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Pointing to God, Not Ourselves   1 comment

Moses Striking the Rock in Horeb

Above:  Moses Strikes the Rock in Horeb, by Gustave Dore

Image in the Public Domain

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Blessed Lord, who caused all holy Scriptures to be written for our learning:

Grant us so to hear them, read, mark, learn, and inwardly digest them,

that we may embrace and ever hold fast the blessed hope of life,

which you have given us in our Savior Jesus Christ,  who lives and reigns

with you and the Holy Spirit, one God, for ever and ever.  Amen.

The Book of Common Prayer (1979), page 236

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Numbers 12:1-16 or 20:1-13 (14-21) 22-29

Psalm 106:(1) 7-18, 24-18 (43-48) or Psalm 95

Luke 1:(57) 58-67 (68-79) 80

Hebrews 3:1-19

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Many times he delivered them,

but they were rebellious in their purposes,

and were brought low through their iniquity.

Nevertheless he regarded their distress

when he heard their cry.

–Psalm 106:43-44, The New Revised Standard Version (1989)

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Do not harden your hearts, as at Meribah,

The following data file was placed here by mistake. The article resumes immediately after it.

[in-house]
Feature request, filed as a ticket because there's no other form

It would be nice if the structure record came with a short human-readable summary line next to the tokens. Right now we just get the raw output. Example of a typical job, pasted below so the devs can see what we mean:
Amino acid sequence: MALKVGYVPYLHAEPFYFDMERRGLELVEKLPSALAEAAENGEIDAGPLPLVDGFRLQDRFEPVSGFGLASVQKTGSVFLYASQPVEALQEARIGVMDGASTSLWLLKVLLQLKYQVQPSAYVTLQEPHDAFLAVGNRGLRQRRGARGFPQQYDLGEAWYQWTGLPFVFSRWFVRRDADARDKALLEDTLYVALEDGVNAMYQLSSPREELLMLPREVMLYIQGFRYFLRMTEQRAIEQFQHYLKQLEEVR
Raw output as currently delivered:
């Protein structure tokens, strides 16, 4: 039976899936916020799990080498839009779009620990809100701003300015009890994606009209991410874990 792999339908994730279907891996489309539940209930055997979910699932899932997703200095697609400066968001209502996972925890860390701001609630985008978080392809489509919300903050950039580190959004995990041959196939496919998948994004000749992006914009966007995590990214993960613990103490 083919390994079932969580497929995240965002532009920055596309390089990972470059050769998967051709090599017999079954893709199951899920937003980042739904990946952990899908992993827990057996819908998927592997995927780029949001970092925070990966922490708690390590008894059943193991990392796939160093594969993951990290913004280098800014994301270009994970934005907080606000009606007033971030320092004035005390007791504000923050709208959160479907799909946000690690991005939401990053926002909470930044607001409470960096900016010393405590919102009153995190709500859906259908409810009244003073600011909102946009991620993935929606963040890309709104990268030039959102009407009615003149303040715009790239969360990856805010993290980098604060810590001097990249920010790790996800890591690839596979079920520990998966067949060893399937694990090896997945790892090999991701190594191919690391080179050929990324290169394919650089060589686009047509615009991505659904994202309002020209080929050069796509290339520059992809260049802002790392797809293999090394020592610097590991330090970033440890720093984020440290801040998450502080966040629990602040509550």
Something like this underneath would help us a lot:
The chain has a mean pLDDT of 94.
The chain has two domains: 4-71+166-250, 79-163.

as on the day at Massah in the wilderness,

when your ancestors tested me,

and put me to the proof, though you had seen my work.

–Psalm 95:8-9, The New Revised Standard Version (1989)

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In most of the readings for this day we read of grumbling against God and/or Moses despite God’s proven track record, frequently in the presence of those who go on to grumble.  Miriam and Aaron question the authority of Moses in Numbers 12. Miriam becomes ritually unclean because of this (Do not question Moses!), but her brother intercedes for her.  People witness then seem to forget God’s mighty acts in Psalms 95 and 106, as well as in Hebrews 3.  And, in Numbers 20, Moses disobeys instructions from God.  He is supposed to speak to a rock to make water come out of it, but he strikes it instead.